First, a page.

The CMA said it took its stance based on providing a fairer ground for cloud gaming, however, some key figures in this space have been hitting out against the move.
NVIDIA GeForce NOW said that Activision’s library becoming more available for users via the cloud is a net positive (and therefore good for competition), a direct contrast to the CMA’s view of things.
In fact, the only one who might be opening the champers over the deal is Sony.
Florian Mueller saying the CMA protected Sony and Apple’s duopoly over cloud gaming by shutting out rivals.
Microsoft attempted to limit the impact on other cloud gaming providers and even platforms such as the Nintendo Switch, which the CMA dismissed due to their "technical incapability" of running Call of Duty titles.
What is more likely is that Vole and Activision Blizzard will appeal more aggressively and it might be hoping that a ruling in the US will be more positive.
Microsoft has really thrown its toys out of the pram over the move and practically threatened to take its business out of the UK.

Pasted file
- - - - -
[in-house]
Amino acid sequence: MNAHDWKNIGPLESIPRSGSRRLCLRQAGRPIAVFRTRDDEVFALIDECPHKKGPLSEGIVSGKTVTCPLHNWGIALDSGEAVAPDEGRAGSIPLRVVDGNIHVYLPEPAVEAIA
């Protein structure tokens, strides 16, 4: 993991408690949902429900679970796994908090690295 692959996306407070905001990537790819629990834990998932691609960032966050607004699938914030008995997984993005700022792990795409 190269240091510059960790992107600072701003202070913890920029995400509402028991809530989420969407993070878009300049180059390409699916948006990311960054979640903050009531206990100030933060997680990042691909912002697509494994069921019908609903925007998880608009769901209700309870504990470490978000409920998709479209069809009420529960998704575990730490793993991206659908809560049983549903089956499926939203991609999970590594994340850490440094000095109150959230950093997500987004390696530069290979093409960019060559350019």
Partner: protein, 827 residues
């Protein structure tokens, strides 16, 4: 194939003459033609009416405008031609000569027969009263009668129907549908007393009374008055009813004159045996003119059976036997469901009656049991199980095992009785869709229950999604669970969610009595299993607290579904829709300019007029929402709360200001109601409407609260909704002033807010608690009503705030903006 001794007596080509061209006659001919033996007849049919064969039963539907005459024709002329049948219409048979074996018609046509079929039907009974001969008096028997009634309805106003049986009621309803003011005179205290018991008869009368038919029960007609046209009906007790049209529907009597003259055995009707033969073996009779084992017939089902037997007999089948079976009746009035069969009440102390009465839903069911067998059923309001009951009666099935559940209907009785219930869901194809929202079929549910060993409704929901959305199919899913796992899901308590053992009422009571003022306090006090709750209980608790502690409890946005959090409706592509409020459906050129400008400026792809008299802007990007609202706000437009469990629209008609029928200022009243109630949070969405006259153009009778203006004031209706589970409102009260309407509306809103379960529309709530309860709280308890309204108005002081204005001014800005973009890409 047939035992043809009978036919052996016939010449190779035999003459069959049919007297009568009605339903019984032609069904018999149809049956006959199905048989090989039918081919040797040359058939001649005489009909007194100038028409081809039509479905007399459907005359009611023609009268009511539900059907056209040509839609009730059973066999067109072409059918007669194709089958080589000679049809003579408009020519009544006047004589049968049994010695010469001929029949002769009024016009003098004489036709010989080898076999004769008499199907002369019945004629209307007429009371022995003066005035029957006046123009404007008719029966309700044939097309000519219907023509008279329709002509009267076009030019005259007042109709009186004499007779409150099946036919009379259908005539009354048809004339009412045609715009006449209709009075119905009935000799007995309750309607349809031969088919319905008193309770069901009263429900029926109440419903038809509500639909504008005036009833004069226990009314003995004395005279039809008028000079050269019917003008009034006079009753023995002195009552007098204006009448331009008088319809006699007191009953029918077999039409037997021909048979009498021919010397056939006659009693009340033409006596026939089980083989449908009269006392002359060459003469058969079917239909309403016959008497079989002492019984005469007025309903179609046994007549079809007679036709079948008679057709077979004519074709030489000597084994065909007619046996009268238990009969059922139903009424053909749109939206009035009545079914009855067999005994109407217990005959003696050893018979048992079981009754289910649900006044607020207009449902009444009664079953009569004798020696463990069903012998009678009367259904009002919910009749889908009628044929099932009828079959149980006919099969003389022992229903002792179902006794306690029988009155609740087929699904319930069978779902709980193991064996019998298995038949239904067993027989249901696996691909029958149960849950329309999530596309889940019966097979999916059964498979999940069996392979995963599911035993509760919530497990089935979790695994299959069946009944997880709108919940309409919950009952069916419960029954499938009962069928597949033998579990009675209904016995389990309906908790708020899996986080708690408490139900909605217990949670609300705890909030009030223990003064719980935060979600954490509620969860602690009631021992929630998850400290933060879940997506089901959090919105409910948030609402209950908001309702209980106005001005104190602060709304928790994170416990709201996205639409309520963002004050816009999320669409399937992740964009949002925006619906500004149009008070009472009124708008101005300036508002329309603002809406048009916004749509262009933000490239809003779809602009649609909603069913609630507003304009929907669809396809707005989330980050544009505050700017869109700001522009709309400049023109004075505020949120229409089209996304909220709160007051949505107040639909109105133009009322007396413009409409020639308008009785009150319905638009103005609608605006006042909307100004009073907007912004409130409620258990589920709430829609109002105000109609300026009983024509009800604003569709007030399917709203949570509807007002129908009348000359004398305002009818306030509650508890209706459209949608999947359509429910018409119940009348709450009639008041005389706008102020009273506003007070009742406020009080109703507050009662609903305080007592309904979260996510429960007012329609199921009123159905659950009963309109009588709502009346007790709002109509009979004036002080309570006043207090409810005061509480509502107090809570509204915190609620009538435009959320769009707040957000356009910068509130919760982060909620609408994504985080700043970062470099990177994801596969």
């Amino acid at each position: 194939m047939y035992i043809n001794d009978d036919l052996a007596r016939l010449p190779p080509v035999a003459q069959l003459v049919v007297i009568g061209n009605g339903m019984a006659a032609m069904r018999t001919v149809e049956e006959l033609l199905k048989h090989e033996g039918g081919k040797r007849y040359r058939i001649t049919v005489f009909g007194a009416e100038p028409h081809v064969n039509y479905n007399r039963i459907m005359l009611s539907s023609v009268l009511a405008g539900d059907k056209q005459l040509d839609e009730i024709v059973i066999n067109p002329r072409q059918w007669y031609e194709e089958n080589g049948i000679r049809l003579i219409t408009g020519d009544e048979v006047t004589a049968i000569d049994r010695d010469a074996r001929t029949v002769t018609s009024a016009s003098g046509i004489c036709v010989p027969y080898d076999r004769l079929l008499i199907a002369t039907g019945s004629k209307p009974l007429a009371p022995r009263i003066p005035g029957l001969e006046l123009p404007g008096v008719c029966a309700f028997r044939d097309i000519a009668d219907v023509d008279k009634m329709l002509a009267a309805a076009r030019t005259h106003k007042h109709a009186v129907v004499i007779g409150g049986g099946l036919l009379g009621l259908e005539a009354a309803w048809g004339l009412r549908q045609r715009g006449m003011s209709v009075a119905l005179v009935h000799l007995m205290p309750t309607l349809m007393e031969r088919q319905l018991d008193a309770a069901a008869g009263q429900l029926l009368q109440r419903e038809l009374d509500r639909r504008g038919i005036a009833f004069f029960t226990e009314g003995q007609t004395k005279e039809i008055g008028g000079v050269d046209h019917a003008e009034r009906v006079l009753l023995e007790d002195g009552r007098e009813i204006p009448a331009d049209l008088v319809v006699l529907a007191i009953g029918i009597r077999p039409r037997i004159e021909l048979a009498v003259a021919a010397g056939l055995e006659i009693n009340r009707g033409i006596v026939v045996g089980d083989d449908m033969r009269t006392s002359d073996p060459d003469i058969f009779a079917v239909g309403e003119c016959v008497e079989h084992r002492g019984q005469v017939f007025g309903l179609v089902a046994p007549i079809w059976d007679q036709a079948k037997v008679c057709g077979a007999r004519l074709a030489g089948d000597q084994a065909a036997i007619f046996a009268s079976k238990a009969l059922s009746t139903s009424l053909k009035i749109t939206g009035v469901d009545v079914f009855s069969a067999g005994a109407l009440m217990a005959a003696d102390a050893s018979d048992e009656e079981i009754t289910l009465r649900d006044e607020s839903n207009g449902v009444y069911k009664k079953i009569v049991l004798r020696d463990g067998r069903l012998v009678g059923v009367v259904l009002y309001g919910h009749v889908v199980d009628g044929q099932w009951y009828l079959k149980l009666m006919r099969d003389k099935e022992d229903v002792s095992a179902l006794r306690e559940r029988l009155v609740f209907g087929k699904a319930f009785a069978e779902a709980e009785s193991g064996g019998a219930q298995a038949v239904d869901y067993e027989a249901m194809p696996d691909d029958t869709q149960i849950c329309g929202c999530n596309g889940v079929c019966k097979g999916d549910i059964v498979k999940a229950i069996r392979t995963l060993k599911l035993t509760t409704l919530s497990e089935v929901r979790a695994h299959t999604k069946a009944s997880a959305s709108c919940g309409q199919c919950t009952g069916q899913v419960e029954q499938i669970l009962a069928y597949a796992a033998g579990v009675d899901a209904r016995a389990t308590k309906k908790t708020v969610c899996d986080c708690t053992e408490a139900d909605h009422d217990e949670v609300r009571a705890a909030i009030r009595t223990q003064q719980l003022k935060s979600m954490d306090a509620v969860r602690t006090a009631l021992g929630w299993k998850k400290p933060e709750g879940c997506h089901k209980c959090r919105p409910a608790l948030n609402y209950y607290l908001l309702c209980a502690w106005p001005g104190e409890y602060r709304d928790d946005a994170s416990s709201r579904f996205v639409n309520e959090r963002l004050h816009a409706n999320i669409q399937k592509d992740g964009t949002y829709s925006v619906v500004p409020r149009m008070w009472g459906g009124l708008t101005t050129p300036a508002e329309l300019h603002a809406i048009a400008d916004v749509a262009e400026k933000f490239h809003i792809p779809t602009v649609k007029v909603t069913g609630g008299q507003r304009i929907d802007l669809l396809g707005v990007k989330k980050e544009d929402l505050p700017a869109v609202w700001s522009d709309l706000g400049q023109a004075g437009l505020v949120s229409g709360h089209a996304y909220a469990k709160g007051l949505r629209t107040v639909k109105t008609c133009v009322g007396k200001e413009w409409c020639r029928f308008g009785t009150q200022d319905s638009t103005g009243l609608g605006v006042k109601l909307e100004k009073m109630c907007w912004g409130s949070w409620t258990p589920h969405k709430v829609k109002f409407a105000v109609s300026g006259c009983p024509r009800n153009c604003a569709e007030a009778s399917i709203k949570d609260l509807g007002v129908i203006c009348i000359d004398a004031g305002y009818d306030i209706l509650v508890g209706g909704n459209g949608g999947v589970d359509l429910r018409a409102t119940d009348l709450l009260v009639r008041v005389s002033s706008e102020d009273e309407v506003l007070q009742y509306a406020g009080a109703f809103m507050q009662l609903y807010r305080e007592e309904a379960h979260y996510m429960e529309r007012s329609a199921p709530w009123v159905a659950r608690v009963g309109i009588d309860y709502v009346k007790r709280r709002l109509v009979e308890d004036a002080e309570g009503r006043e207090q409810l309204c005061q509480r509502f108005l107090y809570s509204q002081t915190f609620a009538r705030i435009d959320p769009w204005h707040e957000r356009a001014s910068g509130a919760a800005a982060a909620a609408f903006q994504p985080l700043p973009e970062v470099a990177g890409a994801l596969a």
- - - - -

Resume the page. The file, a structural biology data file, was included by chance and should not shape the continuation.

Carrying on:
Microsoft's president Brad Smith said the UK regulator's decision to prevent its acquisition of 'Call of Duty' maker Activision Blizzard "had shaken confidence" in Britain as a destination for tech businesses.
He said it was "probably the darkest day in our four decades in Britain" and sent the wrong message about the UK to the global tech industry.
"If the government of the United Kingdom wants to bring in investment, if it wants to create jobs it needs to look hard at the role of the CMA, the regulatory structure in the United Kingdom, this transaction, and the message that the United Kingdom has just said to the world," he told BBC radio.
"We believe the UK has an extremely attractive tech sector and a growing games market. We will continue to engage proactively with Microsoft and other companies."